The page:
US Representatives Bill Pascrell, Frank Pallone – the Chairman of the House Committee on Energy and Commerce, and Jerrold Nadler – the Chairman of the House Judiciary Committee, led two other House committee chairs on Monday, April 19, urging the Biden Administration to take a stronger hand of antitrust enforcement in the live events ticket marketplace, particularly in its oversight of the longtime Live Nation-Ticketmaster monopoly.
The letter was signed by Representatives.Pascrell, Pallone, Nadler, Jan Schakowsky – Chairwoman of the House Energy and Commerce Subcommittee on Consumer Protection and Commerce, and David Cicilline – Chairman of the House Judiciary Subcommittee on Antitrust, Commercial, and Administration Law.
“We write in support of strong antitrust enforcement by the Biden Administration, including the live event ticket sales marketplace. The evidence is overwhelming that the 2010 merger between the world’s largest concert promoter, Live Nation, and the biggest ticket provider, Ticketmaster, has strangled competition in live entertainment ticketing and harmed consumers and must be revisited,” the members wrote to the Attorney General and Acting Chair of the Federal Trade Commission (FTC).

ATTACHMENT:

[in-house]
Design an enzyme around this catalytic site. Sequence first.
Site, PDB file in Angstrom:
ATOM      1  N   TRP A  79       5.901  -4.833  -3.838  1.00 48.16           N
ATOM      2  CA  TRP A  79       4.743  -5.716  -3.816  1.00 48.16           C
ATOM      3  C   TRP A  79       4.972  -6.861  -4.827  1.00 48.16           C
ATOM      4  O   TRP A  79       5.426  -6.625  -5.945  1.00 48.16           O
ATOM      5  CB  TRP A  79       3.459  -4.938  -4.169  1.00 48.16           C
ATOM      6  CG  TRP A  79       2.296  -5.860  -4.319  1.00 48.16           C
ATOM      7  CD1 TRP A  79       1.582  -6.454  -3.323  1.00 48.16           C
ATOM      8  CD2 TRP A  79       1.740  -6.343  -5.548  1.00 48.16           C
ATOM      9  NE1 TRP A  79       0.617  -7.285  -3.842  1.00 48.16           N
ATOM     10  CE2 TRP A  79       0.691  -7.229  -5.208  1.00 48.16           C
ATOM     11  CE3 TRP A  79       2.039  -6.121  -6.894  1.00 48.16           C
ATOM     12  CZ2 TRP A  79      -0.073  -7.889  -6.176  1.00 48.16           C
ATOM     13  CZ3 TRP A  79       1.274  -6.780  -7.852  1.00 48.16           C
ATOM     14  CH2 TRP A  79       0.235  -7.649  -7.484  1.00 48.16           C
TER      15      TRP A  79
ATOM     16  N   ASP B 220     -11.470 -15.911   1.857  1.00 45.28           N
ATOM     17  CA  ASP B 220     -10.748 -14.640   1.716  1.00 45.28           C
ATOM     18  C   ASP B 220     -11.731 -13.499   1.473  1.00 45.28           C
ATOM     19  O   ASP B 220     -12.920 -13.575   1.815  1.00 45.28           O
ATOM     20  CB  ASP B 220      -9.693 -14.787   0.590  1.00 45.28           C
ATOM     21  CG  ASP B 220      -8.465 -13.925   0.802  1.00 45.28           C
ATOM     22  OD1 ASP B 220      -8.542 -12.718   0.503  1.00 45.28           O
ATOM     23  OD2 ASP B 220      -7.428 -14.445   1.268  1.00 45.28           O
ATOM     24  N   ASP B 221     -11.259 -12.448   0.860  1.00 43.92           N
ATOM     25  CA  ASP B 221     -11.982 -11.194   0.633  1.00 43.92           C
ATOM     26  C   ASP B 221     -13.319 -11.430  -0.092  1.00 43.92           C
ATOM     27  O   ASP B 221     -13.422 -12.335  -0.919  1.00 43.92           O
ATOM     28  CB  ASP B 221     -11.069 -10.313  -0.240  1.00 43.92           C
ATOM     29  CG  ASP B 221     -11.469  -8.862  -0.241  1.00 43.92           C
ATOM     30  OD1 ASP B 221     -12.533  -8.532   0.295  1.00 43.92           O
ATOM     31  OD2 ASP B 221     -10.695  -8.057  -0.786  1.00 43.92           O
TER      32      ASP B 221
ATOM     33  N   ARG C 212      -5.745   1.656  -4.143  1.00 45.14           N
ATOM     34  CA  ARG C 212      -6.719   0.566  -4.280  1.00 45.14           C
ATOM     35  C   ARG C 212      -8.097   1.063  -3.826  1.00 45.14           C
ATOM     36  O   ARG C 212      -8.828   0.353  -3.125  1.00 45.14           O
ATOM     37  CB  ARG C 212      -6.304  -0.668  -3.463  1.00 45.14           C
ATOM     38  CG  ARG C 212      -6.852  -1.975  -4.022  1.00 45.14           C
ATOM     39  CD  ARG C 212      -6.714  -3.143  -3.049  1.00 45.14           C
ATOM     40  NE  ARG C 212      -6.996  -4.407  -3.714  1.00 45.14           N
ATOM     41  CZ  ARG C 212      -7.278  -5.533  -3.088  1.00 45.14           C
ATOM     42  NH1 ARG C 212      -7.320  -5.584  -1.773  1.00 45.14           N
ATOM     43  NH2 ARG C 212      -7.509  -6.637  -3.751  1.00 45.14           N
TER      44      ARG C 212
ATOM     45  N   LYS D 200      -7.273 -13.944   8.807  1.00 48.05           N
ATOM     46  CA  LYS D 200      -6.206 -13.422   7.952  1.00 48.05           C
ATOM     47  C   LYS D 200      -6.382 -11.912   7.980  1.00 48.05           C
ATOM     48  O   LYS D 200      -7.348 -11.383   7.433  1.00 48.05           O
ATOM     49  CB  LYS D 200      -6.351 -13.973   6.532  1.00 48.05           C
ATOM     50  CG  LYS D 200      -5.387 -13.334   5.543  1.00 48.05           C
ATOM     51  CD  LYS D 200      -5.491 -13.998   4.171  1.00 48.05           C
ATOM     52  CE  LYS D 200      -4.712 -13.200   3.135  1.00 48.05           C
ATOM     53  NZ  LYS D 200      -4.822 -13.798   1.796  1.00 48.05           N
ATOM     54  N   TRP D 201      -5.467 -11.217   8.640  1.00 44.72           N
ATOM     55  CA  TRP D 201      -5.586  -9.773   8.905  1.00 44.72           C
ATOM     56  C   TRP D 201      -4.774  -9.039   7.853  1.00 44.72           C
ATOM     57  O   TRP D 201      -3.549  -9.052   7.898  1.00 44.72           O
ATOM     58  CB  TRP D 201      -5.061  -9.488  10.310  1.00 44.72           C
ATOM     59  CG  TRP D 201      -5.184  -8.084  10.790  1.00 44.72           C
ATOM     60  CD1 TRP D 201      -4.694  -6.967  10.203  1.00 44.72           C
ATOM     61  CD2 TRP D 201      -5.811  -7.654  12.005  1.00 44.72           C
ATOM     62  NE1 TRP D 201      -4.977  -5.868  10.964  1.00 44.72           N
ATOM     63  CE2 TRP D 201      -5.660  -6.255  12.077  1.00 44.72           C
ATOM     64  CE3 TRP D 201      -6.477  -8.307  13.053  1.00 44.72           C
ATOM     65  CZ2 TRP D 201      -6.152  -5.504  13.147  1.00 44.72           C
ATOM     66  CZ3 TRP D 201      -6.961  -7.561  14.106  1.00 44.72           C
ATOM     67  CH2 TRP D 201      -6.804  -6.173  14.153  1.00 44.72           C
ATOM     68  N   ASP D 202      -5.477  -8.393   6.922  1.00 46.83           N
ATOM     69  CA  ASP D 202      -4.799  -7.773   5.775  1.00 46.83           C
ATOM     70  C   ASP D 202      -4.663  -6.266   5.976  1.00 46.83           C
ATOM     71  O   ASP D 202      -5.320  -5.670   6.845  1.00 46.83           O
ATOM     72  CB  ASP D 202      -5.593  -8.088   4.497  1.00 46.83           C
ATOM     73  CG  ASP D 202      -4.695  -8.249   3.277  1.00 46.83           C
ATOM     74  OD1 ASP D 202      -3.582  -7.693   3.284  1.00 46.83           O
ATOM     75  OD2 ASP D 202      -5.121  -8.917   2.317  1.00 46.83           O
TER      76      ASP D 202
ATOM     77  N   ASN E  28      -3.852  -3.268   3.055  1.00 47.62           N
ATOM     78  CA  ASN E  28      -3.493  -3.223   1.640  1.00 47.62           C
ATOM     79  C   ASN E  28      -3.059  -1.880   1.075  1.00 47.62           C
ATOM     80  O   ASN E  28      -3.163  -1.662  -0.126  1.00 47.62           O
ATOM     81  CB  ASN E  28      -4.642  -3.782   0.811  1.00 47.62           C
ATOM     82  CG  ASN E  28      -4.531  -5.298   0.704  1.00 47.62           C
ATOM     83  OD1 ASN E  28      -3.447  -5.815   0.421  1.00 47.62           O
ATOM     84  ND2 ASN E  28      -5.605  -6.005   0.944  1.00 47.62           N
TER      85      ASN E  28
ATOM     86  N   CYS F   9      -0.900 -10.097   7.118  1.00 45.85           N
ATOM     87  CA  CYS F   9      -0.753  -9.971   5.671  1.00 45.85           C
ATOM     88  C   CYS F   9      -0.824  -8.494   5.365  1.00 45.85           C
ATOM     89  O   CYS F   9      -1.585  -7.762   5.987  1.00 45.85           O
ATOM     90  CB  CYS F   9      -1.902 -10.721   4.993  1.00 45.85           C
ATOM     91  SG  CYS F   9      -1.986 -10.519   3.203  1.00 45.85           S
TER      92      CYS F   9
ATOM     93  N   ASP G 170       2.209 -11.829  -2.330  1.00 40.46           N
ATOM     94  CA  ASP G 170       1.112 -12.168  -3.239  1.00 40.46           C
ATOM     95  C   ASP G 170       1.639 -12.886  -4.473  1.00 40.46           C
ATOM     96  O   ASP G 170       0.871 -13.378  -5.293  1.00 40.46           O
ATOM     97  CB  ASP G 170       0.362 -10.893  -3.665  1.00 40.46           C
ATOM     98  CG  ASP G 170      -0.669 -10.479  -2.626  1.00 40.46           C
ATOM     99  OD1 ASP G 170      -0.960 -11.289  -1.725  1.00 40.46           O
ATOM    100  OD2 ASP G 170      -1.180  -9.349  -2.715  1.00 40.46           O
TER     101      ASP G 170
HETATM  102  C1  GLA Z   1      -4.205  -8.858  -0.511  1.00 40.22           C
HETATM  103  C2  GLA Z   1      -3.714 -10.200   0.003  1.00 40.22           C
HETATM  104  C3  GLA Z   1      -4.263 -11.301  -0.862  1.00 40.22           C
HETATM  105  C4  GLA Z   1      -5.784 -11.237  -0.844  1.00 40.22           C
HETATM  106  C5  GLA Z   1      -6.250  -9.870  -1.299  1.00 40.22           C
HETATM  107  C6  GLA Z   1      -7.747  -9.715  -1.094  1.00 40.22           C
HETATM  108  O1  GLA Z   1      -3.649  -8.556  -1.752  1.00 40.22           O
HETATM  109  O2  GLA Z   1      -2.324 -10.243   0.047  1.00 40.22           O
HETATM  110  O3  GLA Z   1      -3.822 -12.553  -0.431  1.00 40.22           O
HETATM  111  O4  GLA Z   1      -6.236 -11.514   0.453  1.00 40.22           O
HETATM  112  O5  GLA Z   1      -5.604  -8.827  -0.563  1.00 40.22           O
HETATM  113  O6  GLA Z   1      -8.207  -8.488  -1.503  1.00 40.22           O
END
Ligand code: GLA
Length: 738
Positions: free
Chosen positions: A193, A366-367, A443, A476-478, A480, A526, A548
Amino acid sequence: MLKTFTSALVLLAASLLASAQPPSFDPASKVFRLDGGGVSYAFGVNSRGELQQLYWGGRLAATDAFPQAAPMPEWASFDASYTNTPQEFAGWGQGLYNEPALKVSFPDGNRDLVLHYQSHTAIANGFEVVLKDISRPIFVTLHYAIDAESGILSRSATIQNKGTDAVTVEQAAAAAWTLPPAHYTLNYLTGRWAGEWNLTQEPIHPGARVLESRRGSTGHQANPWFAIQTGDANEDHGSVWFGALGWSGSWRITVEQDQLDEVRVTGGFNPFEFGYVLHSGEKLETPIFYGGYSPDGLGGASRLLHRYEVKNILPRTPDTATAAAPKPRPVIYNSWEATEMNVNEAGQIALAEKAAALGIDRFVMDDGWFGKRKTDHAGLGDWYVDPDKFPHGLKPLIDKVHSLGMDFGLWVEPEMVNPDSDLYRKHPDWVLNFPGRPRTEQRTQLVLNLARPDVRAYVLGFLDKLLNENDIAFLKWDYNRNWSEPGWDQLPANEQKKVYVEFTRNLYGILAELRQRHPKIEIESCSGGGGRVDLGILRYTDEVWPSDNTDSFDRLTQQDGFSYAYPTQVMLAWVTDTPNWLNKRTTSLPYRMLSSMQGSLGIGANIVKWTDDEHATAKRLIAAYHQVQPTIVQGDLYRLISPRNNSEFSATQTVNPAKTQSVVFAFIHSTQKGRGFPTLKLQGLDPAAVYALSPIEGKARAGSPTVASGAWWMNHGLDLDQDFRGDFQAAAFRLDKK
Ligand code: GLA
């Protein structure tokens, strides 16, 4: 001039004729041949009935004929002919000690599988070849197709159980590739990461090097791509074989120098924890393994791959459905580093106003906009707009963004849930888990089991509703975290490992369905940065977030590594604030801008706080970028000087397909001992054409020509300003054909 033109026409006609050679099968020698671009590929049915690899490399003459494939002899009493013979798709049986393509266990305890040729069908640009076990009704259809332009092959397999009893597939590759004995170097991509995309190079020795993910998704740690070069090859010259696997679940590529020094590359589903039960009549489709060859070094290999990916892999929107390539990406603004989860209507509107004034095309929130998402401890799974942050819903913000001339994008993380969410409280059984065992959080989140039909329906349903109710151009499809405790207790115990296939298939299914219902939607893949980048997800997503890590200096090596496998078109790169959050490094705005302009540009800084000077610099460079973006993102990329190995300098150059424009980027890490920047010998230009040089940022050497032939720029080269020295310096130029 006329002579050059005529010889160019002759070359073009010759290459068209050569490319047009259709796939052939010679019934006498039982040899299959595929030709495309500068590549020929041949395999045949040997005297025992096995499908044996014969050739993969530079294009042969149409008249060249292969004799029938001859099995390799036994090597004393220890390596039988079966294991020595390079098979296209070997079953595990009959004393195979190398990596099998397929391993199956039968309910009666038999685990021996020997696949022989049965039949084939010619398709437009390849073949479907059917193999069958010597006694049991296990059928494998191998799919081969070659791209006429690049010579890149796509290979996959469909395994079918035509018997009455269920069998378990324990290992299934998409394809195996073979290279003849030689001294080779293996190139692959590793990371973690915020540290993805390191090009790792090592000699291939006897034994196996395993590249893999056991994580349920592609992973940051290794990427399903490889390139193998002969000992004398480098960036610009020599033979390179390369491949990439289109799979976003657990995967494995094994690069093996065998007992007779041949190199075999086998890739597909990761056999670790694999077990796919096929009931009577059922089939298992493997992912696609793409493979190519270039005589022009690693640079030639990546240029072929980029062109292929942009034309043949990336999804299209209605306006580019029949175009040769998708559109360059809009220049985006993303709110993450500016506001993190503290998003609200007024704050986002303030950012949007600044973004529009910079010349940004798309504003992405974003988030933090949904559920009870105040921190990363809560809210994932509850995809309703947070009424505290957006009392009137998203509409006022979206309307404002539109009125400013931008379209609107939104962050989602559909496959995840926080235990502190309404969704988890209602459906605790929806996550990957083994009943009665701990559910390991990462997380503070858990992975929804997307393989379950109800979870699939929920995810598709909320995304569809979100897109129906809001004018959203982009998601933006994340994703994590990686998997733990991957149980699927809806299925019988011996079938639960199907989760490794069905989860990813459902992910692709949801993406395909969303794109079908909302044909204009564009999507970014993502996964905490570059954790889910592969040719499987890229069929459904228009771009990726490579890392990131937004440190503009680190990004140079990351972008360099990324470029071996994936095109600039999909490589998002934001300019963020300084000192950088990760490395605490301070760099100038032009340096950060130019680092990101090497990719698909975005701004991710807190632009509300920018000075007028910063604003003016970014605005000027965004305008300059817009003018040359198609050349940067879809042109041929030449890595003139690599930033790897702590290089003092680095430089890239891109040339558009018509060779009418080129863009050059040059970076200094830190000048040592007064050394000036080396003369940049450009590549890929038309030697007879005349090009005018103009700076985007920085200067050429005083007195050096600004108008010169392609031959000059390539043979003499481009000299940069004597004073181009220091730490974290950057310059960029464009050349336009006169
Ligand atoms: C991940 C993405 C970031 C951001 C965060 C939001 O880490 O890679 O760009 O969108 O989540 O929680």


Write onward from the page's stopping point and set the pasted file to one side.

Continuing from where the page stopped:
A scathing 2018 report issued by the Government Accountability Office (GAO) found that Live Nation enjoys more than an 80% control of the venue ticket sales market, a share that has only grown since the Live Nation-Ticketmaster merger in 2009 despite promises to the contrary. GAO further uncovered that the ticket market as a whole is rife with practices that are “not fully transparent,” and that Live Nation, which claims more than half of ticket sales in the United States, engages in questionable gimmicks to conceal its extra costs.
In closing their letter to the Biden administration the members demand strong antitrust scrutiny: “We strongly urge the DOJ and FTC to protect consumers future access to live events by immediately launching an investigation of [Live Nation’s] potentially unfair, deceptive, and anticompetitive practices.”
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